When I was a kid, I used to get deeply obsessed with things for short periods of time.
In elementary school I discovered John Bellairs books, and despite the fact that I played out mini-movies from the "Scary Stories to Tell in the Dark" series on the ceiling of my bedroom every night before I fell asleep in a state of fear-exhaustion, and that Bellairs wrote exclusively children's horror, I found and read every one. Even the fake ones that someone else finished--or full-on wrote, based on his notes--after he died.
Basically I forced myself to endure EVEN MORE EMOTIONAL TRAUMA (I was really neurotic, my life involved a lot of emotional trauma already) because these books were cool. Terror? Night sweats? Utter conviction that you're going to be murdered by ghosts? Meuh. Worth it.
When the Legend of Zelda: Ocarina of Time game came out for N64 I dove in deep. So deep that I started drawing fan art. Then writing fanfic. Then teaching myself HTML so that I could build my own website (these were the geocities days, you still needed to know HTML) so that I could go deeper into the community of Zelda obsessives who had THEIR own websites and fic and art.
I wasn't a cool kid but it was like courting social suicide. What if someone found "THE SITE WHOSE NAME I'M STILL TOO EMBARRASSED TO MENTION HERE?" I was heedless of consequences. I needed to think about Zelda ALL THE TIME.
Until I didn't.
Let's pretend, for my ego, that I at least did GOOD fanart, like this, even though I didn't.
There was a period where I played the game "Snood" for hours every night, even ignoring AIM chats to shoot little smirking balls at other little smirking balls.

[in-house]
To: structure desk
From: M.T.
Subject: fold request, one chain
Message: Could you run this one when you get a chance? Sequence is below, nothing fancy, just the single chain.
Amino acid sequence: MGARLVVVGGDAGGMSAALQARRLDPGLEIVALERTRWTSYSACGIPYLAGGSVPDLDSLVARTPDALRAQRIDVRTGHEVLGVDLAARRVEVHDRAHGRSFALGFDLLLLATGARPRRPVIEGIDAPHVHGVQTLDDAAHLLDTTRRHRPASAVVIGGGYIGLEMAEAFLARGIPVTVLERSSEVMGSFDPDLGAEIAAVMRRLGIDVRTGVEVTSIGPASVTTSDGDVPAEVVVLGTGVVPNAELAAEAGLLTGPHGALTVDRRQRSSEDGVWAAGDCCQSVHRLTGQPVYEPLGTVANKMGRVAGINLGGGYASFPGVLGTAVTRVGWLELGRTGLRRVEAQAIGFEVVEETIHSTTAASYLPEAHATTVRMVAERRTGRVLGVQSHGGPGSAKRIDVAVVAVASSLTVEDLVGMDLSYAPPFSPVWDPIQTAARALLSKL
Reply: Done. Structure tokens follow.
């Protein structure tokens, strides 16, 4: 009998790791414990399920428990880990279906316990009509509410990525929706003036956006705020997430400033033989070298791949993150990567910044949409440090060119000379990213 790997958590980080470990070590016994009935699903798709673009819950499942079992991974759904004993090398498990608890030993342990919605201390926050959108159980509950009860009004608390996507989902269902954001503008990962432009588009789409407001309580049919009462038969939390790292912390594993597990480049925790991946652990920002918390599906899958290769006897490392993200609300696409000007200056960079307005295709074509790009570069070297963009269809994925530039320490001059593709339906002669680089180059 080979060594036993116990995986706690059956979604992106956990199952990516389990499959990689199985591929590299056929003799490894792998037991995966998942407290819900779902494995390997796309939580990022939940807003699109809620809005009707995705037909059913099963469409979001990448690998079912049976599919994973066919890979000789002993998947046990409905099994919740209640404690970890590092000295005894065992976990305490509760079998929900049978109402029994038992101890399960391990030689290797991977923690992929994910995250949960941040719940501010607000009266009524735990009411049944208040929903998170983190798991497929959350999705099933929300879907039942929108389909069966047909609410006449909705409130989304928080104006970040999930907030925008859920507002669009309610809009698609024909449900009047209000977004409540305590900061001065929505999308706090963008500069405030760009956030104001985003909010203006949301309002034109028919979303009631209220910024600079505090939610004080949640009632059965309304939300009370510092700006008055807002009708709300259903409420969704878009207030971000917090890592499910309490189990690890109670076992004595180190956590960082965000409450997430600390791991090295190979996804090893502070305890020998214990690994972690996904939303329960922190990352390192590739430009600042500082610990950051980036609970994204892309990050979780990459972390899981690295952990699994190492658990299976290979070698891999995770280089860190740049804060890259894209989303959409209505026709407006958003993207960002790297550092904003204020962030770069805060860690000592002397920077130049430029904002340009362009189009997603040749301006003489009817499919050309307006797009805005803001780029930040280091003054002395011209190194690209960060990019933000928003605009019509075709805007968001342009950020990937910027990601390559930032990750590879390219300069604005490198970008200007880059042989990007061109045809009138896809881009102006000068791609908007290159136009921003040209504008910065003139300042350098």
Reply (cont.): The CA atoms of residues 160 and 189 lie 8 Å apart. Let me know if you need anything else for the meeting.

Then I stopped.
In high school and college, it was easier to direct my obsessions towards "acceptable" things. When you like a song and buy all seven albums by a band, that's somehow "cool" fandom, not "your diagnosed OCD is showing again."
Same difference, though. If you're dreaming about the thing every night, and/or can't stop seeing its patterns behind your eyes when you close them, it goes way past the level of "hobby."
I don't really have hobbies. I have wormholes or nothing. Even the things that are hobbyish--knitting say--go in waves like that. I knit six hats in a week then can't finish the seventh for months. Suddenly the thing I wanted to do all the time feels like pulling teeth.
In the last few years, I haven't run into something that's sparked the "lose interest in almost anything else, just do this" impulse. I think part of it is just being older, but a lot of it is feeling like I have too much to do to indulge myself this way. (Another facet of the OCD: need for total control, including over myself, and whether or not I'm allowed enjoyment at a given moment.)
Then I found myself a few weeks out from my book launch (STILL THERE!), with this weird combo feeling of helplessness--you can only send so many emails to bookstores and magazines before you're forced to wait to hear something back--and a constant need to be doing something.
And then I discovered Witcher III.
I've always loved games, but I haven't dived into one this intensely, this quickly, since LoZ: OoT...when I was 14. In the past five years, I mostly stuck to my Nintendo handhelds, in fact, because the games tend to be more compact and I can play them on a commute or an airplane.
Not sure how much the sense of having nothing better to do is playing into my ability to totally lose myself in a fictional world again. It's a mainstay of childhood; your life is so regulated that when you're not doing the things you're supposed to, you're allowed to get REALLY into the things you like, but as an adult, pervasive guilt over what I should be doing instead haunts me.
And yet...I've spent dozens of hours already in the game world and I'm mostly just collecting herbs I've never used for anything.
Am I the only one whose brain seems to have a killswitch?
Also, does anyone want to talk about Witcher with me?